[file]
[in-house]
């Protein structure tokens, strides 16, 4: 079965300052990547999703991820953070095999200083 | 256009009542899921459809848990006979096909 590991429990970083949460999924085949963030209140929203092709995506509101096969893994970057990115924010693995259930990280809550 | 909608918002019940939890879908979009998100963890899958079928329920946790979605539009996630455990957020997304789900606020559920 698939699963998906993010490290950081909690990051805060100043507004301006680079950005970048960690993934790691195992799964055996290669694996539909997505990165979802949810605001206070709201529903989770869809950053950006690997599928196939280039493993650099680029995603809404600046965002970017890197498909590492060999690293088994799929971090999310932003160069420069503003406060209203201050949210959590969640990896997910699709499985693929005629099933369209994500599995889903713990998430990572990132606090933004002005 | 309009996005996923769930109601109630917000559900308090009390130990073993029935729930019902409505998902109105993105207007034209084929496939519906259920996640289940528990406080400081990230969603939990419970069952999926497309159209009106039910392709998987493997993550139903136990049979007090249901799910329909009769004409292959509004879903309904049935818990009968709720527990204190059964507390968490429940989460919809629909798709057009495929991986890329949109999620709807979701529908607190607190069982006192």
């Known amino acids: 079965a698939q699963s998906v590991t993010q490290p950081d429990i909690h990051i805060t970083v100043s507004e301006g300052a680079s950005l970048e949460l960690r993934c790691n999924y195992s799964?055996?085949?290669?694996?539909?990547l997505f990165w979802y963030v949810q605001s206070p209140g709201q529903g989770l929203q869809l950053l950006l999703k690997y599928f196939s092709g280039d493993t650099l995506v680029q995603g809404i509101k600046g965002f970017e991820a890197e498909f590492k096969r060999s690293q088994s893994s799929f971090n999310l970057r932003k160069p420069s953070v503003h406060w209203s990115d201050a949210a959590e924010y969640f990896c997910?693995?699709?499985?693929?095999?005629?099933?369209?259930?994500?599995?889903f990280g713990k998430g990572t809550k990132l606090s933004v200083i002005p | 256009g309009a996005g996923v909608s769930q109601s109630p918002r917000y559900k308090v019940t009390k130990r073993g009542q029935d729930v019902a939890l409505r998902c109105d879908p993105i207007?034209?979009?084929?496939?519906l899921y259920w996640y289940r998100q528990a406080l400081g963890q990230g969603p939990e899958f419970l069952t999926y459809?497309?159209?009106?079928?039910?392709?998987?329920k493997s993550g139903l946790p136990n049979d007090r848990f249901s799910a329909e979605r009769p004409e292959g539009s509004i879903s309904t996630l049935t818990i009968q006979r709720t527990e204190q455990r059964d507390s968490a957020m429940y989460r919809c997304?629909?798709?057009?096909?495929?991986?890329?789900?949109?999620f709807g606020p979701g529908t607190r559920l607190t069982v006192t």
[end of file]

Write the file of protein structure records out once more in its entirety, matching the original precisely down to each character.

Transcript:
[in-house]
């Protein structure tokens, strides 16, 4: 079965300052990547999703991820953070095999200083 | 256009009542899921459809848990006979096909 590991429990970083949460999924085949963030209140929203092709995506509101096969893994970057990115924010693995259930990280809550 | 909608918002019940939890879908979009998100963890899958079928329920946790979605539009996630455990957020997304789900606020559920 698939699963998906993010490290950081909690990051805060100043507004301006680079950005970048960690993934790691195992799964055996290669694996539909997505990165979802949810605001206070709201529903989770869809950053950006690997599928196939280039493993650099680029995603809404600046965002970017890197498909590492060999690293088994799929971090999310932003160069420069503003406060209203201050949210959590969640990896997910699709499985693929005629099933369209994500599995889903713990998430990572990132606090933004002005 | 309009996005996923769930109601109630917000559900308090009390130990073993029935729930019902409505998902109105993105207007034209084929496939519906259920996640289940528990406080400081990230969603939990419970069952999926497309159209009106039910392709998987493997993550139903136990049979007090249901799910329909009769004409292959509004879903309904049935818990009968709720527990204190059964507390968490429940989460919809629909798709057009495929991986890329949109999620709807979701529908607190607190069982006192």
């Known amino acids: 079965a698939q699963s998906v590991t993010q490290p950081d429990i909690h990051i805060t970083v100043s507004e301006g300052a680079s950005l970048e949460l960690r993934c790691n999924y195992s799964?055996?085949?290669?694996?539909?990547l997505f990165w979802y963030v949810q605001s206070p209140g709201q529903g989770l929203q869809l950053l950006l999703k690997y599928f196939s092709g280039d493993t650099l995506v680029q995603g809404i509101k600046g965002f970017e991820a890197e498909f590492k096969r060999s690293q088994s893994s799929f971090n999310l970057r932003k160069p420069s953070v503003h406060w209203s990115d201050a949210a959590e924010y969640f990896c997910?693995?699709?499985?693929?095999?005629?099933?369209?259930?994500?599995?889903f990280g713990k998430g990572t809550k990132l606090s933004v200083i002005p | 256009g309009a996005g996923v909608s769930q109601s109630p918002r917000y559900k308090v019940t009390k130990r073993g009542q029935d729930v019902a939890l409505r998902c109105d879908p993105i207007?034209?979009?084929?496939?519906l899921y259920w996640y289940r998100q528990a406080l400081g963890q990230g969603p939990e899958f419970l069952t999926y459809?497309?159209?009106?079928?039910?392709?998987?329920k493997s993550g139903l946790p136990n049979d007090r848990f249901s799910a329909e979605r009769p004409e292959g539009s509004i879903s309904t996630l049935t818990i009968q006979r709720t527990e204190q455990r059964d507390s968490a957020m429940y989460r919809c997304?629909?798709?057009?096909?495929?991986?890329?789900?949109?999620f709807g606020p979701g529908t607190r559920l607190t069982v006192t």